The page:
By the end of the coming decade, a fresh, self-actualizing impulse will drive a new generation of travelers. Together with world-leading foresight consultancy The Future Laboratory, Design Hotels embarked on a year-long study to better understand this emerging mindset. First, the bad news: With just 57 countries on schedule to meet their 2030 climate change commitments made under the Paris Agreement, a global climate crisis—manifest through more frequent heat waves and hotter summers, greater rises in sea level, and in many parts of the world, worse droughts and rainfall extremes—is already upon us.
With tourism accounting for 8% of global greenhouse gas emissions, the Promad (read: progressive nomad) will be more conscious than ever of the impact of their travels on the environment, welcoming the emergence of a new attitude to travel. But it isn’t just about saving the planet. It’s about embracing new technologies, innovations, and disruptions at a time when major societal topics are being debated: overtourism, demographic transformation, jet flight restriction, expanding connectivity, race diversity, and gender equality.
The trend for Promadic Travel is pan-generational and international, representing a mindset that cuts across lines of identity. The notion of “high-end” to Promadic Travelers will not be defined by the material and acquisitional but by the experiential and intellectual. While purpose and progress represent the collective end for Promadic Travelers, the means through which this is achieved may initially differ from generation to generation or from guest to guest.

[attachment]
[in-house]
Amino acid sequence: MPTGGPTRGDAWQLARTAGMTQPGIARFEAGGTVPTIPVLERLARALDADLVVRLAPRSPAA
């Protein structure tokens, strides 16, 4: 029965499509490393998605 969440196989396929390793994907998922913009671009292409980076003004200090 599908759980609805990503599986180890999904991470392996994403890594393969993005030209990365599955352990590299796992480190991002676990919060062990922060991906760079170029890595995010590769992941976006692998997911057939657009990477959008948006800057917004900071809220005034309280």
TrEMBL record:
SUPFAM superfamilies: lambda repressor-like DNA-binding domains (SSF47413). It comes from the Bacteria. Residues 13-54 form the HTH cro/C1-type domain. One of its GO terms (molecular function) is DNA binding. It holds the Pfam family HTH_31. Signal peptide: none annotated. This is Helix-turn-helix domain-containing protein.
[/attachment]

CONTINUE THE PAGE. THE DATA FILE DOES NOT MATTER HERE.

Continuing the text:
Sustainability-focused Generation Z Promads, for instance, could fuel demand for “pestaurants,” byproduct dining, and energy-positive buildings. A recent survey by Booking.com of Generation Z consumers across 29 global markets revealed that 77% said the environmental impact that traveling has on destinations is an important factor when deciding where to travel, while 81% said they would want to stay in green or eco-friendly accommodation.
As a collective, the way Promads book their travel will be flexible and seamless, fueled by word-of-mouth approval and enabled by social media, augmented reality (AR) experiences, and smart banking that anticipates their travel budgets. And the way they choose to travel will recall nomadic tribes of the past—opting to go by land and sea rather than polluting the air further. Ultimately, Promadic Travelers will not see themselves as consumers. They will travel to produce and contribute, helping them and the local communities to progress in the process.
The Promadic generation of travelers sees themselves—and the brands they increasingly want to deal with—as fluid, collaborative, and purpose- or mission-driven. They are connective, creative, culturally acquisitive, and federated. Generally, they would describe themselves as self-motivated and entrepreneurial, and they believe in brands that reflect such mindsets.
Over the next decade, any remaining distinction between premium offerings and sustainability will fade from existence as the two concepts become synonymous with one another. Forming the heart of the Promadic Traveler’s decision-making process, future travelers will expect brands to have done their eco-research for them, with “premium” defined by the assumption of sustainability.
Ross Harding, creative sustainability consultant at Finding Infinity, an organization dedicated to speeding up the world’s transition to self-sufficient cities, says: “We talk about zero impact, but why can’t we make a positive impact?”
Within the next decade, key value shifts will have taken place, taking us into the age of the Promadic Traveler.
The preceding article is excerpted from the 2020 edition of Directions, an annual magazine by Design Hotels that looks at movements underway in art, design, food, wellness and fashion, and how they affect the way we live and travel. This year’s issue explores the motivations, values, and desires of the Promadic Traveler of tomorrow—one who does not ask where to travel, but why.